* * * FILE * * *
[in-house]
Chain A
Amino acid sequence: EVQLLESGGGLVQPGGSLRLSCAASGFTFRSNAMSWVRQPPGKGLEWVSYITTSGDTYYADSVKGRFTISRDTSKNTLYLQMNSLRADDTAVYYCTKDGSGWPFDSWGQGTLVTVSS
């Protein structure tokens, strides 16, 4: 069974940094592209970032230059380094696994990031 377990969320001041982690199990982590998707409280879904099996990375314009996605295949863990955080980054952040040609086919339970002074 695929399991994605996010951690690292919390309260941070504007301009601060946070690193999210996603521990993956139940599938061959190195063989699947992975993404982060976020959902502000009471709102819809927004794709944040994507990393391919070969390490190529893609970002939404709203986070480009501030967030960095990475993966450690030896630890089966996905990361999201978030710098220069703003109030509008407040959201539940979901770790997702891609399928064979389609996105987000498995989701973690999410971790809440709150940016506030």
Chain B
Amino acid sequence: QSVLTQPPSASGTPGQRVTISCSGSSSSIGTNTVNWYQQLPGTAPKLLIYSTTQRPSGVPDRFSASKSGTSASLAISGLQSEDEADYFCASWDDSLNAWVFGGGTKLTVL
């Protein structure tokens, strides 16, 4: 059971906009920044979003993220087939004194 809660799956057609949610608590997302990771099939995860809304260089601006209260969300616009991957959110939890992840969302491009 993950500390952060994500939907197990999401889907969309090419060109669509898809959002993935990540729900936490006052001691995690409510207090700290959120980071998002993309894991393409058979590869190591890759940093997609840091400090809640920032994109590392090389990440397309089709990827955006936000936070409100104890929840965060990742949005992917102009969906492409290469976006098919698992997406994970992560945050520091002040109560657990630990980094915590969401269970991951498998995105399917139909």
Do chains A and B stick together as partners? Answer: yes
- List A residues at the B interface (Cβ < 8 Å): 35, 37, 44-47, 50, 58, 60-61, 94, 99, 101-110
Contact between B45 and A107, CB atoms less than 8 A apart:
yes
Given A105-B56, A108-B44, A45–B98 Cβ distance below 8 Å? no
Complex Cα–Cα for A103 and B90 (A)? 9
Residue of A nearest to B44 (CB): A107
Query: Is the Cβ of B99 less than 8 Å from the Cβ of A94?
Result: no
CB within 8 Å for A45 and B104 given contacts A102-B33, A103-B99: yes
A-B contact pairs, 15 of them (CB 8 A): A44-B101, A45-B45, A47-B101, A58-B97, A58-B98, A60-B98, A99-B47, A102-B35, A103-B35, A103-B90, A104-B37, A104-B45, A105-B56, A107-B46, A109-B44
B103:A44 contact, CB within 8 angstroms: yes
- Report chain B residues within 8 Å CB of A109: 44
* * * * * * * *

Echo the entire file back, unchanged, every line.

[in-house]
Chain A
Amino acid sequence: EVQLLESGGGLVQPGGSLRLSCAASGFTFRSNAMSWVRQPPGKGLEWVSYITTSGDTYYADSVKGRFTISRDTSKNTLYLQMNSLRADDTAVYYCTKDGSGWPFDSWGQGTLVTVSS
């Protein structure tokens, strides 16, 4: 069974940094592209970032230059380094696994990031 377990969320001041982690199990982590998707409280879904099996990375314009996605295949863990955080980054952040040609086919339970002074 695929399991994605996010951690690292919390309260941070504007301009601060946070690193999210996603521990993956139940599938061959190195063989699947992975993404982060976020959902502000009471709102819809927004794709944040994507990393391919070969390490190529893609970002939404709203986070480009501030967030960095990475993966450690030896630890089966996905990361999201978030710098220069703003109030509008407040959201539940979901770790997702891609399928064979389609996105987000498995989701973690999410971790809440709150940016506030």
Chain B
Amino acid sequence: QSVLTQPPSASGTPGQRVTISCSGSSSSIGTNTVNWYQQLPGTAPKLLIYSTTQRPSGVPDRFSASKSGTSASLAISGLQSEDEADYFCASWDDSLNAWVFGGGTKLTVL
């Protein structure tokens, strides 16, 4: 059971906009920044979003993220087939004194 809660799956057609949610608590997302990771099939995860809304260089601006209260969300616009991957959110939890992840969302491009 993950500390952060994500939907197990999401889907969309090419060109669509898809959002993935990540729900936490006052001691995690409510207090700290959120980071998002993309894991393409058979590869190591890759940093997609840091400090809640920032994109590392090389990440397309089709990827955006936000936070409100104890929840965060990742949005992917102009969906492409290469976006098919698992997406994970992560945050520091002040109560657990630990980094915590969401269970991951498998995105399917139909």
Do chains A and B stick together as partners? Answer: yes
- List A residues at the B interface (Cβ < 8 Å): 35, 37, 44-47, 50, 58, 60-61, 94, 99, 101-110
Contact between B45 and A107, CB atoms less than 8 A apart:
yes
Given A105-B56, A108-B44, A45–B98 Cβ distance below 8 Å? no
Complex Cα–Cα for A103 and B90 (A)? 9
Residue of A nearest to B44 (CB): A107
Query: Is the Cβ of B99 less than 8 Å from the Cβ of A94?
Result: no
CB within 8 Å for A45 and B104 given contacts A102-B33, A103-B99: yes
A-B contact pairs, 15 of them (CB 8 A): A44-B101, A45-B45, A47-B101, A58-B97, A58-B98, A60-B98, A99-B47, A102-B35, A103-B35, A103-B90, A104-B37, A104-B45, A105-B56, A107-B46, A109-B44
B103:A44 contact, CB within 8 angstroms: yes
- Report chain B residues within 8 Å CB of A109: 44